Weerasekera et al. Journal of Medical Case Reports 2014, 8:81 http://www.jmedicalcasereports.com/content/8/1/81

JOURNAL OF MEDICAL

CASE REPORTS

CASE REPORT

Open Access

Sigmoid colocolic fistula caused by intrauterine device migration: a case report Amila Weerasekera*, Pravin Wijesinghe and Nilhan Nugaduwa

Abstract Introduction: The intrauterine device is a form of contraception with a long duration of action and few systemic side effects. Migration into the abdominal cavity may occur early or years after insertion giving rise to bowel obstruction, perforation, ischemia, mesenteric injury, strictures or fistulae. Colocolic fistula formation is a rare but serious complication of intrauterine device migration, which may lead to difficulties in diagnosis and device retrieval. Case presentation: We report the case of a 29-year-old Sri Lankan woman who became pregnant 5 years after intrauterine device insertion. The device could not be located during pregnancy. She was asymptomatic and defaulted follow up during the antenatal period. She had an uncomplicated vaginal delivery. A subsequent laparotomy for device retrieval failed due to technical difficulties. A repeat laparotomy identified a sigmoid colocolic fistula with adhesions to the fallopian tube. The device was removed and colonic defects primarily closed following which the patient made an uneventful recovery. Conclusions: All translocated intrauterine devices should be removed regardless of type and location. This case illustrates that they may cause complex bowel lesions leading to serious technical difficulties during retrieval. With the increasing use of minimally invasive approaches for intrauterine device retrieval, a low threshold for open surgery in complicated cases is advocated. Keywords: Fistula, Intrauterine device, Laparoscopy, Laparotomy, Migration, Perforation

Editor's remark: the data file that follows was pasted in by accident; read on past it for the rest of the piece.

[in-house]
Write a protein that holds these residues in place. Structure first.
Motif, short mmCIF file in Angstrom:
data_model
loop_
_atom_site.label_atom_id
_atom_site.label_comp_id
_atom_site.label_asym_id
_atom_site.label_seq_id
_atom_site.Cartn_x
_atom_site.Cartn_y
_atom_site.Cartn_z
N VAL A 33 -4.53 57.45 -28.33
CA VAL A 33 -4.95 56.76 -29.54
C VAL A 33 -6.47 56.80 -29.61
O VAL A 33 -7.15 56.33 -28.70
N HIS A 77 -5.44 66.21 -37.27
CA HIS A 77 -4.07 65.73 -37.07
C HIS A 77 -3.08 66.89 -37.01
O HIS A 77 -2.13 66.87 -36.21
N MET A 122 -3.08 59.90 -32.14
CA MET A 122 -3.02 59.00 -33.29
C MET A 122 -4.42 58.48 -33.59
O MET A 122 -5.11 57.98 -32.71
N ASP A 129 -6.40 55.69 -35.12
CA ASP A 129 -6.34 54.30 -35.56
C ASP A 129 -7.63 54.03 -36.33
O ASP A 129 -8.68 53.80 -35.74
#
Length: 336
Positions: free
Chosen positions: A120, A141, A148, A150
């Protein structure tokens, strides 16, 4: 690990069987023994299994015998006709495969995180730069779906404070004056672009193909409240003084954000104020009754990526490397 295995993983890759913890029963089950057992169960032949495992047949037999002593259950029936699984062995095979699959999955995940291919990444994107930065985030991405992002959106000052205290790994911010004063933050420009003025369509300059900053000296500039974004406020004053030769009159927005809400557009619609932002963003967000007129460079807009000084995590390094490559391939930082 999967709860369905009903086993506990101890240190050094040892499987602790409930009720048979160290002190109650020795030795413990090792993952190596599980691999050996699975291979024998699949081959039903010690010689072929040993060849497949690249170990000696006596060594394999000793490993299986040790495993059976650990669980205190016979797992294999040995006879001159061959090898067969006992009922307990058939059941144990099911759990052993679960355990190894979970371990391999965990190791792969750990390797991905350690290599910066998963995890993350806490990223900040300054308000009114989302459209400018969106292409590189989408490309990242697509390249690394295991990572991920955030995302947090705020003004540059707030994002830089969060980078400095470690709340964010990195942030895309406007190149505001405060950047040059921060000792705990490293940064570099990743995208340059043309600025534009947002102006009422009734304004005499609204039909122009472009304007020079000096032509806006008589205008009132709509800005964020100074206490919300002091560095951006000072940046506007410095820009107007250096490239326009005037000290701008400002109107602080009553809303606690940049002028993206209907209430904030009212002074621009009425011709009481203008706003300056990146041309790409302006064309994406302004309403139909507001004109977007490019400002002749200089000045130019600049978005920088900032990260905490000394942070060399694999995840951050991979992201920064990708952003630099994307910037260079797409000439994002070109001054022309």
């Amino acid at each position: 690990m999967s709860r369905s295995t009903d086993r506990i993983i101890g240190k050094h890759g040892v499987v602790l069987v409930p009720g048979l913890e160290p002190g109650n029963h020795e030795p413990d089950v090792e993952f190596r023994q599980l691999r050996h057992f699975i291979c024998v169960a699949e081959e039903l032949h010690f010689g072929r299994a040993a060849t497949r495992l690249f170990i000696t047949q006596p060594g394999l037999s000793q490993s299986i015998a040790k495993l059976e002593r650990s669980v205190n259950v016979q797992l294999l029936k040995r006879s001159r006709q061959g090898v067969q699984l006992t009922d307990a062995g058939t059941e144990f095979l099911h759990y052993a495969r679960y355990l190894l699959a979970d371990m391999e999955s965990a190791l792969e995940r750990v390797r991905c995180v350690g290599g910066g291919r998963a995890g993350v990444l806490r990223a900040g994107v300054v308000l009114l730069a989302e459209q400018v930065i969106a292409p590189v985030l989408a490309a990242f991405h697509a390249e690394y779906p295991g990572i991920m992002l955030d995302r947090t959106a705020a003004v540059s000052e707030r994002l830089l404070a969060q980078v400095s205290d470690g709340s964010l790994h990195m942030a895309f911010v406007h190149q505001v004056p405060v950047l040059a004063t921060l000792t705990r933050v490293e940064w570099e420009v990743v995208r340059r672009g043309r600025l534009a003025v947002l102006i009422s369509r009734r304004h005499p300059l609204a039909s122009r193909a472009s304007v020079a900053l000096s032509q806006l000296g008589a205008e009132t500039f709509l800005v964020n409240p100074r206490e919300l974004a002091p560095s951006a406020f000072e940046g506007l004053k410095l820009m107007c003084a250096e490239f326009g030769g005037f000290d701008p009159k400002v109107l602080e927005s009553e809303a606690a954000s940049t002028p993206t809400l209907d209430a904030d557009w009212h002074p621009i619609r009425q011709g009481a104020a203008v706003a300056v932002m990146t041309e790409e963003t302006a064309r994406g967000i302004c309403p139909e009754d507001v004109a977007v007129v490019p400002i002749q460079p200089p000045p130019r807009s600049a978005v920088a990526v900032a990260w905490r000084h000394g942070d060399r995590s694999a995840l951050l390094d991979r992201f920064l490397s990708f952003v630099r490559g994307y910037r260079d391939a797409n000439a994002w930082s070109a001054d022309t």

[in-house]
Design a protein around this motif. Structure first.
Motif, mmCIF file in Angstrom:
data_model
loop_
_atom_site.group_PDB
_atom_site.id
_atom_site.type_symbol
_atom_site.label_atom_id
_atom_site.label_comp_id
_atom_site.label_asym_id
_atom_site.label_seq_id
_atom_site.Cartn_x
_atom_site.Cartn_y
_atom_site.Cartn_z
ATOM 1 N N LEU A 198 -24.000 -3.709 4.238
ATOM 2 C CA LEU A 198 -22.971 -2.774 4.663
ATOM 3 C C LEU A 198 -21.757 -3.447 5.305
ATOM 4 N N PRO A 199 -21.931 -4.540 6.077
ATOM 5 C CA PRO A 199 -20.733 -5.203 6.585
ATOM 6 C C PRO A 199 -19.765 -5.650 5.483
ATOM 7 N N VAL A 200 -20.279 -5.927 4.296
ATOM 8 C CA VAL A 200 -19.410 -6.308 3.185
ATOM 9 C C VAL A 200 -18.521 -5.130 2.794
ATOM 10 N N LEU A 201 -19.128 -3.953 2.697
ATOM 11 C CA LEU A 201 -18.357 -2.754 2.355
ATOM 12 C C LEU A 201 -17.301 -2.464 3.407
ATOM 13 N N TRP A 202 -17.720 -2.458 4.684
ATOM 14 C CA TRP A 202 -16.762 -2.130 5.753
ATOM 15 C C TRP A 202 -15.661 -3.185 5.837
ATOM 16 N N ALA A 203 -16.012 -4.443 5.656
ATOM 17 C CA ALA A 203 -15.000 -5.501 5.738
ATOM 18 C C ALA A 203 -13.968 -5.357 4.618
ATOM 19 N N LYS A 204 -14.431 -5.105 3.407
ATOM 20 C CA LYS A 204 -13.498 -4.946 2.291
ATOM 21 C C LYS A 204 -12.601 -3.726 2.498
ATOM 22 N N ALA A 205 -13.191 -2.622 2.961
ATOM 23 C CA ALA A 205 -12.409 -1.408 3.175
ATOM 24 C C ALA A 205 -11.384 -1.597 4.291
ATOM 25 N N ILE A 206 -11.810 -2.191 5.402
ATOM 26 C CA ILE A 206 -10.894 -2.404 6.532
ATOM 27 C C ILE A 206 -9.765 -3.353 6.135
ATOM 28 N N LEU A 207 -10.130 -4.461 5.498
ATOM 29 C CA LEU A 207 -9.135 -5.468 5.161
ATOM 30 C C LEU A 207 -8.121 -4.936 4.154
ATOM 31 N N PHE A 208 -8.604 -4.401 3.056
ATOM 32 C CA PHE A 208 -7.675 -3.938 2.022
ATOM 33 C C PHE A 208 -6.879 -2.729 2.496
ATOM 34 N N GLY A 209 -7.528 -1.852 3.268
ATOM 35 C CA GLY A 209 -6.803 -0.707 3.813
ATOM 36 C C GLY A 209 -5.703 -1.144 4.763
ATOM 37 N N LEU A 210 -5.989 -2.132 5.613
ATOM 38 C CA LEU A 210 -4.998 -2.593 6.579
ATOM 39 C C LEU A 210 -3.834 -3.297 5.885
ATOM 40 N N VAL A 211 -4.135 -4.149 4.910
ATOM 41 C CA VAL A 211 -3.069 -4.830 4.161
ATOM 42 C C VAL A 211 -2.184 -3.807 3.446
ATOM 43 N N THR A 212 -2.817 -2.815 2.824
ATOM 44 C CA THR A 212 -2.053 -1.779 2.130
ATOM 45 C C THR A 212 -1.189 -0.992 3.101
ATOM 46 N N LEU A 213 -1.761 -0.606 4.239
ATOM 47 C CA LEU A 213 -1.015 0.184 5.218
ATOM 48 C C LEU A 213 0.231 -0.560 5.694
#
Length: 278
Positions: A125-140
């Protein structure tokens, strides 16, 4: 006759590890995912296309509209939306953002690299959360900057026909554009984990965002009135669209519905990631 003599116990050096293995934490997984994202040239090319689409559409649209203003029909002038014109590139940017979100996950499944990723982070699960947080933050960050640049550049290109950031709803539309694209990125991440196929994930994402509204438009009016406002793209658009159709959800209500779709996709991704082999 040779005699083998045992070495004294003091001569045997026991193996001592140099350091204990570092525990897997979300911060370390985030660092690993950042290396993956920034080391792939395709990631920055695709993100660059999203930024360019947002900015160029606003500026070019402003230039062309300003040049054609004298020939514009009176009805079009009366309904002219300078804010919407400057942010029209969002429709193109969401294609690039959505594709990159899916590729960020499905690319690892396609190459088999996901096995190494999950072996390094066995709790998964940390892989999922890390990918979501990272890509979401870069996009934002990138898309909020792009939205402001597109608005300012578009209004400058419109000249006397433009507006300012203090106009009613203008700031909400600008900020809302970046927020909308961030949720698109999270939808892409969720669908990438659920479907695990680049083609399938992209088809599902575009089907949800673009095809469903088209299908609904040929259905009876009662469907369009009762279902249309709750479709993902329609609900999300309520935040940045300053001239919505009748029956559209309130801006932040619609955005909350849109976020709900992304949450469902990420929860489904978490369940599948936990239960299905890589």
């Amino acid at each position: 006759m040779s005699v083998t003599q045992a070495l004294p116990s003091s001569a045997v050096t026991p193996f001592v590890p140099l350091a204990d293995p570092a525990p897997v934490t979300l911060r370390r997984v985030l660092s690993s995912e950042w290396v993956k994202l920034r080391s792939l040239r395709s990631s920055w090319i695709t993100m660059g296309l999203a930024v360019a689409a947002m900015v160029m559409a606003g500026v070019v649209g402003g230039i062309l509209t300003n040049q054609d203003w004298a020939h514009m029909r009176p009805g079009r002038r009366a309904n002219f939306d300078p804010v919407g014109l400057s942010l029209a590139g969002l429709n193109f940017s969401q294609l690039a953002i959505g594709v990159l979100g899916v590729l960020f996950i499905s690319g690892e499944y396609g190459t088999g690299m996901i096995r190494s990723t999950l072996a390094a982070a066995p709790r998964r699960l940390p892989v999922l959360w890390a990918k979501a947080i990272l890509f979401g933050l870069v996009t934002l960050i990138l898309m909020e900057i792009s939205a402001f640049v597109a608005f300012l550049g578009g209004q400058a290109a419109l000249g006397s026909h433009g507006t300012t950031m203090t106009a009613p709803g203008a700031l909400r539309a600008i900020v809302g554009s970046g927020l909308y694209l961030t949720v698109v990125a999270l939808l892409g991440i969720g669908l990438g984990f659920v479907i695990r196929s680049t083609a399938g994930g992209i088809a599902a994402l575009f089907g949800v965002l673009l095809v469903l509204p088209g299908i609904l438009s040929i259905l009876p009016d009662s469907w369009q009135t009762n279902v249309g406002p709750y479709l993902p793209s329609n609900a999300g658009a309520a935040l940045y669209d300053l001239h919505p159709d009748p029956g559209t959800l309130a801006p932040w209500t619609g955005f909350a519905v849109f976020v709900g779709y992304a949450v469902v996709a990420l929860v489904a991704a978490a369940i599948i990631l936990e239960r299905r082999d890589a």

Introduction The intrauterine device (IUD) is a form of contraception with a long duration of action and few systemic side effects, but it can cause significant morbidity following migration into adjacent organs. Involvement of small and large bowel is known to cause obstruction, perforation, ischemia, mesenteric injury, strictures and fistulae [1]. Pregnancy following IUD migration leads to difficulty in localization and removal of the device. We report the case of a Sri Lankan woman who became pregnant after IUD insertion and was found to have a sigmoid colocolic fistula caused by device migration. Case presentation A 29-year-old Sri Lankan woman presented at a period of gestation of 12 weeks in her third pregnancy, 5 years after insertion of a copper T-380A IUD. During pregnancy, the * Correspondence: [email protected] Base Hospital Wathupitiwala, Nittambuwa, Sri Lanka